Fossils are the remains of organisms of the past, regardless of their mode of preservation. Where exactly you draw the line between “organisms of the past” and “organisms of the present that just happen to be dead” is arbitrary and it usually doesn’t matter. If you need a definition (for example, if you’re making a list of fossil and nonfossil species), you come up with a reasonable if arbitrary definition. If you don’t need a precise definition, you don’t.

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Why Does Turkey Make You Tired?

iStock/TommL
iStock/TommL

Why do people have such a hard time staying awake after Thanksgiving dinner? Most people blame tryptophan, but that's not really the main culprit. And what is tryptophan, anyway?

Tryptophan is an amino acid that the body uses in the processes of making vitamin B3 and serotonin, a neurotransmitter that helps regulate sleep. It can't be produced by our bodies, so we need to get it through our diet. From which foods, exactly? Turkey, of course, but also other meats, chocolate, bananas, mangoes, dairy products, eggs, chickpeas, peanuts, and a slew of other foods. Some of these foods, like cheddar cheese, have more tryptophan per gram than turkey. Tryptophan doesn't have much of an impact unless it's taken on an empty stomach and in an amount larger than what we're getting from our drumstick. So why does turkey get the rap as a one-way ticket to a nap?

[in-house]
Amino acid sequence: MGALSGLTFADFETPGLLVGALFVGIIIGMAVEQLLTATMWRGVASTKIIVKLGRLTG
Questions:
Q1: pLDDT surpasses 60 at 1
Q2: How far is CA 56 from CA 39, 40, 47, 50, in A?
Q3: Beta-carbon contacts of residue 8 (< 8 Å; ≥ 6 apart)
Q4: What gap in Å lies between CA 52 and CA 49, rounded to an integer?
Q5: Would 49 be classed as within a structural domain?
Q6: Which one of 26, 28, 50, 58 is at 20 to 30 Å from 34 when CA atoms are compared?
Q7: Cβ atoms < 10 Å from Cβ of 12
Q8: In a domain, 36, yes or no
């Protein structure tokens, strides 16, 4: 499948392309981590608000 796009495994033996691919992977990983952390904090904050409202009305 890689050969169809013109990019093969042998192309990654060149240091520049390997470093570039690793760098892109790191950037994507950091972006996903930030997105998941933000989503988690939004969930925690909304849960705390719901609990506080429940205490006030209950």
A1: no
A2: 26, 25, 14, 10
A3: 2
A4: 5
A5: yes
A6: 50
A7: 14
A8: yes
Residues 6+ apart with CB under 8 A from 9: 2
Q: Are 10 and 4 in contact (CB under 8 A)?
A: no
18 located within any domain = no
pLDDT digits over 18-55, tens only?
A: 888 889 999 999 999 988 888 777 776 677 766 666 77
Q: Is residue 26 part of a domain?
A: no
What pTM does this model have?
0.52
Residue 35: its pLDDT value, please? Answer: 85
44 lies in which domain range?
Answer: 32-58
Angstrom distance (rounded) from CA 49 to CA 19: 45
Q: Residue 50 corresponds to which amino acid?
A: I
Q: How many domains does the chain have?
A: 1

The urge to snooze is more the fault of the average Thanksgiving meal and all the food and booze that go with it. Here are a few things that play into the nap factor:

Fats: That turkey skin is delicious, but fats take a lot of energy to digest, so the body redirects blood to the digestive system. Reduced blood flow in the rest of the body means reduced energy.

Alcohol: What Homer Simpson called the cause of—and solution to—all of life's problems is also a central nervous system depressant.

Overeating: Same deal as fats. It takes a lot of energy to digest a big feast (the average Thanksgiving meal contains 3000 calories and 229 grams of fat), so blood is sent to the digestive process system, leaving the brain a little tired.

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Why Do Dogs Lick?

iStock/MichaelSvoboda
iStock/MichaelSvoboda